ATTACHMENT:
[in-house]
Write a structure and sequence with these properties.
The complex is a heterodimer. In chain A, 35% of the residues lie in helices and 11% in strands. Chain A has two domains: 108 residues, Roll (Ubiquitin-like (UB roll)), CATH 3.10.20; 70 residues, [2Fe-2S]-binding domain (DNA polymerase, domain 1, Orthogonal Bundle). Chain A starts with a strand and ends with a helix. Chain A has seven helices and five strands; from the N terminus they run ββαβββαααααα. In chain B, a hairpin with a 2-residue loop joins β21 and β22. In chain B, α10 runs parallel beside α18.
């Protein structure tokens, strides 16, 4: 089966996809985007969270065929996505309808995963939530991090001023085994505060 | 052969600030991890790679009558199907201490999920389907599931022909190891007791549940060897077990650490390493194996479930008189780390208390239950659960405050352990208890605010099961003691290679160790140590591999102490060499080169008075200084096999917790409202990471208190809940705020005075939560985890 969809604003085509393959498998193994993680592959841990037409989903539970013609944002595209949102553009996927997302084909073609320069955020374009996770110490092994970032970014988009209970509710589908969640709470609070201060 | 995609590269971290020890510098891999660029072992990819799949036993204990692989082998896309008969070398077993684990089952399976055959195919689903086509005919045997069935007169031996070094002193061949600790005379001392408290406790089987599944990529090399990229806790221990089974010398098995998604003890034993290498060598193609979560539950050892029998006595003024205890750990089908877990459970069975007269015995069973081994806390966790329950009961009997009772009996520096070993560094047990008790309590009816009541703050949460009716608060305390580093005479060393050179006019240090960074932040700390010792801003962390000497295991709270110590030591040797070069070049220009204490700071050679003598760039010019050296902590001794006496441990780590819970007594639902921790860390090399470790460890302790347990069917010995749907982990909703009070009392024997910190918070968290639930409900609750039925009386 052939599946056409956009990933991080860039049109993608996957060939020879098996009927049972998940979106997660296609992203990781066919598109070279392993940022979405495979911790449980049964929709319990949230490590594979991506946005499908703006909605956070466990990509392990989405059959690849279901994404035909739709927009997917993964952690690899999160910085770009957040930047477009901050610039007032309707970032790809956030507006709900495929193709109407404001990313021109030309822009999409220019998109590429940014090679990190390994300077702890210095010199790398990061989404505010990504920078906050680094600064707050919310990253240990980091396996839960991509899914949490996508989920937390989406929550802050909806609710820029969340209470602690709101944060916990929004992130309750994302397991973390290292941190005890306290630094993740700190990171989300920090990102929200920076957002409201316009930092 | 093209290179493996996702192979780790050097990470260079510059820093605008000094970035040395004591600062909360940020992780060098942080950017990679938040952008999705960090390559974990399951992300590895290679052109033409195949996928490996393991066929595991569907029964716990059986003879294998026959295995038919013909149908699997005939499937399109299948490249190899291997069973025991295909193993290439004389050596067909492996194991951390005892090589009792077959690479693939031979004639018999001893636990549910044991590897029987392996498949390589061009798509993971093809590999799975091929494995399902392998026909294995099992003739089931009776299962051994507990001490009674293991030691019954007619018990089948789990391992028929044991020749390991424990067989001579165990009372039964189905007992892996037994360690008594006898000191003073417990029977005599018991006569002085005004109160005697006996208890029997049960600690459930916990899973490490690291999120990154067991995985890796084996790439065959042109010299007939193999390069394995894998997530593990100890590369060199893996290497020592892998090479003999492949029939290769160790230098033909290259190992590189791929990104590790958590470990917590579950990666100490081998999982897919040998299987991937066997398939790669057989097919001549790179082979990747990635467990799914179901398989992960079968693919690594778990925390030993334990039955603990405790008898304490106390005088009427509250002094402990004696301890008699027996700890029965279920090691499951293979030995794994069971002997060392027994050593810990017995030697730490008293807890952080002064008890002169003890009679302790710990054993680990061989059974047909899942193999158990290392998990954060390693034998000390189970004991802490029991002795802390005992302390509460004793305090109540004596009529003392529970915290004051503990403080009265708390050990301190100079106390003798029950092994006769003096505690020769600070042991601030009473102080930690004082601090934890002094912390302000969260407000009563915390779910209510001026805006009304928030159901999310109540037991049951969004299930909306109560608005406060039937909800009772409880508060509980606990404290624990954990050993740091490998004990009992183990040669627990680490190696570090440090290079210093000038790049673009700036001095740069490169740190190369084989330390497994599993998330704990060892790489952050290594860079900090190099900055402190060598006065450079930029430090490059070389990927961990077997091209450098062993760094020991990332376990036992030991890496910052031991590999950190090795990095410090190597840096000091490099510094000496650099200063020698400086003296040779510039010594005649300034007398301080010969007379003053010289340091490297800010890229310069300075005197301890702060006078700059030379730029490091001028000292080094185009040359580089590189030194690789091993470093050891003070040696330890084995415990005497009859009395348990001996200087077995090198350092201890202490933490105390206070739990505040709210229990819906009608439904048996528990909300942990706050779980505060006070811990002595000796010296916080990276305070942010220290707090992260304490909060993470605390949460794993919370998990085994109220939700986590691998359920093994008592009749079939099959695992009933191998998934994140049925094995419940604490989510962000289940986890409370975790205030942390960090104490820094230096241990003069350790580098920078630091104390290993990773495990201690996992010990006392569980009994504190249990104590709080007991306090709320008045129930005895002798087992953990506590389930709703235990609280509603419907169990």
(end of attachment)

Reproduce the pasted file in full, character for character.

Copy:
[in-house]
Write a structure and sequence with these properties.
The complex is a heterodimer. In chain A, 35% of the residues lie in helices and 11% in strands. Chain A has two domains: 108 residues, Roll (Ubiquitin-like (UB roll)), CATH 3.10.20; 70 residues, [2Fe-2S]-binding domain (DNA polymerase, domain 1, Orthogonal Bundle). Chain A starts with a strand and ends with a helix. Chain A has seven helices and five strands; from the N terminus they run ββαβββαααααα. In chain B, a hairpin with a 2-residue loop joins β21 and β22. In chain B, α10 runs parallel beside α18.
């Protein structure tokens, strides 16, 4: 089966996809985007969270065929996505309808995963939530991090001023085994505060 | 052969600030991890790679009558199907201490999920389907599931022909190891007791549940060897077990650490390493194996479930008189780390208390239950659960405050352990208890605010099961003691290679160790140590591999102490060499080169008075200084096999917790409202990471208190809940705020005075939560985890 969809604003085509393959498998193994993680592959841990037409989903539970013609944002595209949102553009996927997302084909073609320069955020374009996770110490092994970032970014988009209970509710589908969640709470609070201060 | 995609590269971290020890510098891999660029072992990819799949036993204990692989082998896309008969070398077993684990089952399976055959195919689903086509005919045997069935007169031996070094002193061949600790005379001392408290406790089987599944990529090399990229806790221990089974010398098995998604003890034993290498060598193609979560539950050892029998006595003024205890750990089908877990459970069975007269015995069973081994806390966790329950009961009997009772009996520096070993560094047990008790309590009816009541703050949460009716608060305390580093005479060393050179006019240090960074932040700390010792801003962390000497295991709270110590030591040797070069070049220009204490700071050679003598760039010019050296902590001794006496441990780590819970007594639902921790860390090399470790460890302790347990069917010995749907982990909703009070009392024997910190918070968290639930409900609750039925009386 052939599946056409956009990933991080860039049109993608996957060939020879098996009927049972998940979106997660296609992203990781066919598109070279392993940022979405495979911790449980049964929709319990949230490590594979991506946005499908703006909605956070466990990509392990989405059959690849279901994404035909739709927009997917993964952690690899999160910085770009957040930047477009901050610039007032309707970032790809956030507006709900495929193709109407404001990313021109030309822009999409220019998109590429940014090679990190390994300077702890210095010199790398990061989404505010990504920078906050680094600064707050919310990253240990980091396996839960991509899914949490996508989920937390989406929550802050909806609710820029969340209470602690709101944060916990929004992130309750994302397991973390290292941190005890306290630094993740700190990171989300920090990102929200920076957002409201316009930092 | 093209290179493996996702192979780790050097990470260079510059820093605008000094970035040395004591600062909360940020992780060098942080950017990679938040952008999705960090390559974990399951992300590895290679052109033409195949996928490996393991066929595991569907029964716990059986003879294998026959295995038919013909149908699997005939499937399109299948490249190899291997069973025991295909193993290439004389050596067909492996194991951390005892090589009792077959690479693939031979004639018999001893636990549910044991590897029987392996498949390589061009798509993971093809590999799975091929494995399902392998026909294995099992003739089931009776299962051994507990001490009674293991030691019954007619018990089948789990391992028929044991020749390991424990067989001579165990009372039964189905007992892996037994360690008594006898000191003073417990029977005599018991006569002085005004109160005697006996208890029997049960600690459930916990899973490490690291999120990154067991995985890796084996790439065959042109010299007939193999390069394995894998997530593990100890590369060199893996290497020592892998090479003999492949029939290769160790230098033909290259190992590189791929990104590790958590470990917590579950990666100490081998999982897919040998299987991937066997398939790669057989097919001549790179082979990747990635467990799914179901398989992960079968693919690594778990925390030993334990039955603990405790008898304490106390005088009427509250002094402990004696301890008699027996700890029965279920090691499951293979030995794994069971002997060392027994050593810990017995030697730490008293807890952080002064008890002169003890009679302790710990054993680990061989059974047909899942193999158990290392998990954060390693034998000390189970004991802490029991002795802390005992302390509460004793305090109540004596009529003392529970915290004051503990403080009265708390050990301190100079106390003798029950092994006769003096505690020769600070042991601030009473102080930690004082601090934890002094912390302000969260407000009563915390779910209510001026805006009304928030159901999310109540037991049951969004299930909306109560608005406060039937909800009772409880508060509980606990404290624990954990050993740091490998004990009992183990040669627990680490190696570090440090290079210093000038790049673009700036001095740069490169740190190369084989330390497994599993998330704990060892790489952050290594860079900090190099900055402190060598006065450079930029430090490059070389990927961990077997091209450098062993760094020991990332376990036992030991890496910052031991590999950190090795990095410090190597840096000091490099510094000496650099200063020698400086003296040779510039010594005649300034007398301080010969007379003053010289340091490297800010890229310069300075005197301890702060006078700059030379730029490091001028000292080094185009040359580089590189030194690789091993470093050891003070040696330890084995415990005497009859009395348990001996200087077995090198350092201890202490933490105390206070739990505040709210229990819906009608439904048996528990909300942990706050779980505060006070811990002595000796010296916080990276305070942010220290707090992260304490909060993470605390949460794993919370998990085994109220939700986590691998359920093994008592009749079939099959695992009933191998998934994140049925094995419940604490989510962000289940986890409370975790205030942390960090104490820094230096241990003069350790580098920078630091104390290993990773495990201690996992010990006392569980009994504190249990104590709080007991306090709320008045129930005895002798087992953990506590389930709703235990609280509603419907169990």